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Friday, 24 April 2009

Big Brother is watching – to help protect NHS staff

I know our members will welcome this announcement about a pilot CCTV scheme to deal with violence against NHS staff. Anything that can act as a deterrent is a good thing.

We have reiterated time and again how violence and aggression aimed at doctors and other health workers, just trying to do their job, ie. care for people, should be treated in such an appalling way. This is a growing problem which will not go away overnight. Our members should not have to live in daily fear of being attacked.

As some trusts already have CCTV cameras, why has the WAG not used this as a basis for the pilot, so that we would now be in a position to roll them out to all A&E departments in Wales?

And this is about more than just CCTV.

The BMA, giving evidence to the Audit Committee recently highlighted the following action areas;

• A register of violent patients: If a doctor, nurse or other healthcare personnel can be alerted in advance to the possibility of a patient becoming violent, s/he will be forewarned and no longer placed in a position of vulnerability through lack of relevant information.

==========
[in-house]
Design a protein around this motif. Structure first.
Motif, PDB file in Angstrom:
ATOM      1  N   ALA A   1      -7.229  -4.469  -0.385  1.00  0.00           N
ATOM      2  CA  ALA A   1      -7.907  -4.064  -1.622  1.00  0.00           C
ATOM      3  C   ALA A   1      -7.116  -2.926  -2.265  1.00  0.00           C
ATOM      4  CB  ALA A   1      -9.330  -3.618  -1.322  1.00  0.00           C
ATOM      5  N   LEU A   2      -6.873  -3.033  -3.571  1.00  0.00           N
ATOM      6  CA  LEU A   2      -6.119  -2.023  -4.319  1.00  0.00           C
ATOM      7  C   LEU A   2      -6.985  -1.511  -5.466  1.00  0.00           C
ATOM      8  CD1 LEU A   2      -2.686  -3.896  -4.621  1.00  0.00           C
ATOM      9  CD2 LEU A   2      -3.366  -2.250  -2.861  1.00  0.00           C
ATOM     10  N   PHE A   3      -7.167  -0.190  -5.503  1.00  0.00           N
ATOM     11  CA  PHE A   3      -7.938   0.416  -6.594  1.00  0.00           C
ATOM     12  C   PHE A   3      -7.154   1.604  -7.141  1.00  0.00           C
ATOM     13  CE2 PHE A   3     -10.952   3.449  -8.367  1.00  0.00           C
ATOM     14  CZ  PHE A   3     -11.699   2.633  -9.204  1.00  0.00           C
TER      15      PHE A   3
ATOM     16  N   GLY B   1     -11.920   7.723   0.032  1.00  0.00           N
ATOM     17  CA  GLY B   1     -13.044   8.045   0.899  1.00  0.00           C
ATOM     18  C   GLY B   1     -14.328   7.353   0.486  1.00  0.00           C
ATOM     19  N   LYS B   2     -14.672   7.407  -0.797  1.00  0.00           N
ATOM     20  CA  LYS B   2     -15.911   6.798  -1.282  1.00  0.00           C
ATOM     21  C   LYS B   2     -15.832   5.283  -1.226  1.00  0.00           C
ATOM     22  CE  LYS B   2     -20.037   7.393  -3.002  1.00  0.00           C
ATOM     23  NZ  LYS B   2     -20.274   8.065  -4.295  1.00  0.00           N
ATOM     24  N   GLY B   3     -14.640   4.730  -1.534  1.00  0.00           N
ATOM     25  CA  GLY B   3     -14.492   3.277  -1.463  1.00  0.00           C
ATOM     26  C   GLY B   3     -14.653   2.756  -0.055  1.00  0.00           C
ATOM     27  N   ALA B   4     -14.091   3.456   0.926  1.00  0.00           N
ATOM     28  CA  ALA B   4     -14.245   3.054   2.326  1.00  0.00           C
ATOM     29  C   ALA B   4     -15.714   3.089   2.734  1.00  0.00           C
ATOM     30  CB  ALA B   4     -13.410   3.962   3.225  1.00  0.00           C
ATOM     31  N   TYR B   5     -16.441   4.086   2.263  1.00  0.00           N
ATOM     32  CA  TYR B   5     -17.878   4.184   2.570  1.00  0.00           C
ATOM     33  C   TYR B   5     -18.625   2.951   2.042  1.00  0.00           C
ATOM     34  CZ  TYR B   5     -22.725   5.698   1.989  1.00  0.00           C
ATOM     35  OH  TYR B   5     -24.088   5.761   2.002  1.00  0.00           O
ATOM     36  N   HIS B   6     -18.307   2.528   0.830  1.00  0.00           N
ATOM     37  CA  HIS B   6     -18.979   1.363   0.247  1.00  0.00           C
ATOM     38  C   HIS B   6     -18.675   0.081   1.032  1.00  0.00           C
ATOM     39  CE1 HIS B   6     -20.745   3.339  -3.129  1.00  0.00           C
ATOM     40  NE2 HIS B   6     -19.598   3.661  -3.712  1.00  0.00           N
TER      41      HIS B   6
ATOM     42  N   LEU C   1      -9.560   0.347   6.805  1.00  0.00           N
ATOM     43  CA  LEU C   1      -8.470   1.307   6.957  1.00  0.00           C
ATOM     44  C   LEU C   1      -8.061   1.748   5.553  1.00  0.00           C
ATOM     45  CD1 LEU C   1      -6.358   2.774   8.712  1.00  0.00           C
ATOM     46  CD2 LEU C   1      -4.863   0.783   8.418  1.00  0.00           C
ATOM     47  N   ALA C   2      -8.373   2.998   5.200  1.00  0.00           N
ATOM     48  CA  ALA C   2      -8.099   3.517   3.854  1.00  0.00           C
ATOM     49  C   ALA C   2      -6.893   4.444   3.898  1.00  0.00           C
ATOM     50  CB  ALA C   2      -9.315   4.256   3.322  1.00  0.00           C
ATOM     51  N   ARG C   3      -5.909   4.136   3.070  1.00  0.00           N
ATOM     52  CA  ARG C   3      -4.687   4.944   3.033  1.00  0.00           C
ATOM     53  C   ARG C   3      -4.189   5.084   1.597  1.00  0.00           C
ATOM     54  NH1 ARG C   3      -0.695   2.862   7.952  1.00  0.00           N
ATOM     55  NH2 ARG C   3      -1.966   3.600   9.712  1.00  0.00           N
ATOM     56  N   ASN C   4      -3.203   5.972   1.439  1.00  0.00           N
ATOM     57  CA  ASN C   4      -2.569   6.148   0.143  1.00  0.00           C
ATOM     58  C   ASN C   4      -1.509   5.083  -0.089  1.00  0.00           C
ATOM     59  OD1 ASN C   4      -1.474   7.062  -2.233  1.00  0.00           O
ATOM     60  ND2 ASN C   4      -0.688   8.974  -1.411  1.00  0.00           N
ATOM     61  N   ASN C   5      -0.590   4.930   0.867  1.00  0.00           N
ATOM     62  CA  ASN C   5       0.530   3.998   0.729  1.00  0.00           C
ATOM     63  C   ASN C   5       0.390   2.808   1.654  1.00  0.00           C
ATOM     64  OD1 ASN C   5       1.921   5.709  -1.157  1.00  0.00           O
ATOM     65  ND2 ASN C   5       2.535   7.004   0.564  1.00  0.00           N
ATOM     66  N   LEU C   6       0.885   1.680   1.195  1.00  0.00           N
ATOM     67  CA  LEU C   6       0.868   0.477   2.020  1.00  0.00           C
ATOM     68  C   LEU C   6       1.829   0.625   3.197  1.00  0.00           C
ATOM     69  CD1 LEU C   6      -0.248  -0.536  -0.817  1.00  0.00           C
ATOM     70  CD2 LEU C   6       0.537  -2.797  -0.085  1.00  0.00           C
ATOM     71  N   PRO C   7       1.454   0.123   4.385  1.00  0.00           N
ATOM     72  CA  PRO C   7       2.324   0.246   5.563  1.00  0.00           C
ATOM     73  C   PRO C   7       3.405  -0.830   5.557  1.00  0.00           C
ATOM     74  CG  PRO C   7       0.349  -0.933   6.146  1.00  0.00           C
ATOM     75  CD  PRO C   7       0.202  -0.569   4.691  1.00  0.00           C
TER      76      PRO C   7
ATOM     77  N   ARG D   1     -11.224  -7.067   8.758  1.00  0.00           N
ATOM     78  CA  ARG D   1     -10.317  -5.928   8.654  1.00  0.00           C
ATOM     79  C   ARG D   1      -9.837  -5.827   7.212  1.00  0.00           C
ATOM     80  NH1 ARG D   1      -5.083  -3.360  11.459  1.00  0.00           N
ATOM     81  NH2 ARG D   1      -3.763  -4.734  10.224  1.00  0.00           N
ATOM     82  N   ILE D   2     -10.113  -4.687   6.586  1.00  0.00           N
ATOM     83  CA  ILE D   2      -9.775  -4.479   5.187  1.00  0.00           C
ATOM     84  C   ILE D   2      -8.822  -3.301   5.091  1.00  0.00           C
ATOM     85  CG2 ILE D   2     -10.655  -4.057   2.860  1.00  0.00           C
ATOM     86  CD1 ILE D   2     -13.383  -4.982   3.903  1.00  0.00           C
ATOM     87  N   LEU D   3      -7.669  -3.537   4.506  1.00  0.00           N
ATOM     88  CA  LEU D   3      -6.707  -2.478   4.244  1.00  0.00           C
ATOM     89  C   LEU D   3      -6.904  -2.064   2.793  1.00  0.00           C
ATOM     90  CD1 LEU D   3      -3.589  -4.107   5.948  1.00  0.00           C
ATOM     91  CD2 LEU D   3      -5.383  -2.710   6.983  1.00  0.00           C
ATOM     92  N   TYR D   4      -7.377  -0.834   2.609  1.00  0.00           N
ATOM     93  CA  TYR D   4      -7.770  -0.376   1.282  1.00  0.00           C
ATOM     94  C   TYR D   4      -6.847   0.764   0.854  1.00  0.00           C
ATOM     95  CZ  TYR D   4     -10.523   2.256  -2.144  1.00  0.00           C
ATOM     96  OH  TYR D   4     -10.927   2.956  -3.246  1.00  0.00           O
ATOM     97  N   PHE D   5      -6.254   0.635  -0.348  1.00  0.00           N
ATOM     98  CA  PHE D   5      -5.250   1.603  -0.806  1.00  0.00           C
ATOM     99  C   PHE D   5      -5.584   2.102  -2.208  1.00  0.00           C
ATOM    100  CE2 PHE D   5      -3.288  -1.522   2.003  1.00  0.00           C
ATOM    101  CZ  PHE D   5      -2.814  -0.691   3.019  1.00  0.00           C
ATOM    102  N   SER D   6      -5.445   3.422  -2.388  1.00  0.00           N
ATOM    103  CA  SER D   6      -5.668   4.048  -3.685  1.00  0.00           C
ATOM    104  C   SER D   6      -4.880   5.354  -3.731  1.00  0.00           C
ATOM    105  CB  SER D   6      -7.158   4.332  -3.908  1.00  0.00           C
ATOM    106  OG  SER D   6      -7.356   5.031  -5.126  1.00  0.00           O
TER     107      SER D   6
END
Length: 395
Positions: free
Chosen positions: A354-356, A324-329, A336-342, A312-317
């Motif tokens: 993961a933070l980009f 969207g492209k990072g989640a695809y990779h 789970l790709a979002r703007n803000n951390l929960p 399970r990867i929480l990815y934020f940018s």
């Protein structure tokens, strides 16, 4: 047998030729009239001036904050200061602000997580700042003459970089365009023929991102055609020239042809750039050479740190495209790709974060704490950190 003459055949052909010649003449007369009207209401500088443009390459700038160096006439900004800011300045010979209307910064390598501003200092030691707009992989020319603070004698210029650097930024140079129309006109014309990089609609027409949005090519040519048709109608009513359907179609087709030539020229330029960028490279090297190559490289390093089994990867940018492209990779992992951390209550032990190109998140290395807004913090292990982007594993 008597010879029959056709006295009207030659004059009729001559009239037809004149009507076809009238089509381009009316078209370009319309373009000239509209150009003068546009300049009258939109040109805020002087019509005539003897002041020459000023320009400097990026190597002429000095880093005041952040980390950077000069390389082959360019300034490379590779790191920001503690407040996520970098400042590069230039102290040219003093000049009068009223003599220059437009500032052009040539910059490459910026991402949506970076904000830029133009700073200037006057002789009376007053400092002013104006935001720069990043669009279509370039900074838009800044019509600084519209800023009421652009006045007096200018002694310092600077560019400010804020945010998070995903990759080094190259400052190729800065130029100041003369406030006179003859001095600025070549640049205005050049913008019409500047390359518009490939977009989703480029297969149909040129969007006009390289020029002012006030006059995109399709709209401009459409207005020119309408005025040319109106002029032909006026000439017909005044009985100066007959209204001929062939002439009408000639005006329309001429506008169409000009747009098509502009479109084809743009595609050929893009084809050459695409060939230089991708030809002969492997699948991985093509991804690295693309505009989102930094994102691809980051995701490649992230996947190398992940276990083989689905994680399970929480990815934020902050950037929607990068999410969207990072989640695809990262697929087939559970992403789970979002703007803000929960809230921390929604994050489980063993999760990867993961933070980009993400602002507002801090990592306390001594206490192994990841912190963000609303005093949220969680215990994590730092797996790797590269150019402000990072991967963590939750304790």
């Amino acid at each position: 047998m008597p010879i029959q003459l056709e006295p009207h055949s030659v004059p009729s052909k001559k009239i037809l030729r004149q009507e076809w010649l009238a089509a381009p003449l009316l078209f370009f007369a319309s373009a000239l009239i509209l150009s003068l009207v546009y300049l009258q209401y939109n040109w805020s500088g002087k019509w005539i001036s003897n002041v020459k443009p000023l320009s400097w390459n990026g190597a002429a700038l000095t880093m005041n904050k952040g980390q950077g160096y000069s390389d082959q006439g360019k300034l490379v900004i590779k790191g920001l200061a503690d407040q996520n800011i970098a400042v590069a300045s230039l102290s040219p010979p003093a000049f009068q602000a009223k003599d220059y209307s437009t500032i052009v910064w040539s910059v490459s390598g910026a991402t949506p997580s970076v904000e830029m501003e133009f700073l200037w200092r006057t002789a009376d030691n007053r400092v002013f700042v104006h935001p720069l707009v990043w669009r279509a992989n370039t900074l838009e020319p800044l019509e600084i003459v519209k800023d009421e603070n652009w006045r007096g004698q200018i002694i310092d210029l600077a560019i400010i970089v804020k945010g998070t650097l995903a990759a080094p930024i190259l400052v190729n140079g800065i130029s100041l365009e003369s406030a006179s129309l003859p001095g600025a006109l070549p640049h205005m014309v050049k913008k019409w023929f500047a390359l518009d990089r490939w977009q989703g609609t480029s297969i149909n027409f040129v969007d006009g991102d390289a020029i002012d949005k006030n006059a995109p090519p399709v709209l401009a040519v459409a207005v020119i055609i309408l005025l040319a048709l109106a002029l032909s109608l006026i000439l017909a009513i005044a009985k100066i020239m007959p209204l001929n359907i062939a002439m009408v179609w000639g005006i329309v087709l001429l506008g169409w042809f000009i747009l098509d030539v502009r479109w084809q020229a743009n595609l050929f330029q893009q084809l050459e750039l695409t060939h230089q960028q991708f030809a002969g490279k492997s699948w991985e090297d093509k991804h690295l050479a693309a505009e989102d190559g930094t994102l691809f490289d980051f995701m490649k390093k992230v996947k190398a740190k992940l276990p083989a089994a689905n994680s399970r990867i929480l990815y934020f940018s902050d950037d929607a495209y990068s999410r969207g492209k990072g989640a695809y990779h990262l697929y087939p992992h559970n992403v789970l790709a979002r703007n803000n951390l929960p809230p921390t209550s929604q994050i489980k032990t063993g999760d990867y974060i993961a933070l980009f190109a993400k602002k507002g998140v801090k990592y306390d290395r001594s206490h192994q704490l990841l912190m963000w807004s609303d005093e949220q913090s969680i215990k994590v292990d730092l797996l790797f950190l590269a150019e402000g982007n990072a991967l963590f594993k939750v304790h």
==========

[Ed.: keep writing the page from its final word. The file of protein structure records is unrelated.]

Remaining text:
• Ownership and Responsibility for staff Safety - ensure that a senior staff member is given the responsibility for staff safety and monitored on that responsibility.

• Training and Communication - ensure that all staff are fully trained, are aware of the mechanisms to report physical or verbal abuse; and that they are encouraged to report incidents.

• Staff Support - ensure that all staff are supported at all times, and continuing support (counselling services for example) are available after the violent incident.

• Public Awareness - ensure that patients and healthcare users know that they are not outside of the law while in contact with healthcare professionals, and that those offenders will be brought to justice.

• Police Liaison - to work in partnership to develop a common understanding of how attackers are dealt with.

This focus on CCTV cameras also shifts the emphasis on to NHS staff in hospitals, when violence is a particular problem for lone workers, ie. GPs and health visitors. Measures need to be taken to enusre their protection too.

1 comment:

  1. I welcome anything that can be done to reduce the risk to staff and other patients due to violence, either verbal or physical, while in A&E departments.

    CCTV cameras are one way to increase the security and safety of our staff, but we must not see them as the "answer" alone.

    The Minister's announcement is a welcome step in stamping out unacceptable behaviour being directed towards staff. It's right though to point out other areas of the NHS where aggressive behaviour is increasing for example, GP practices.


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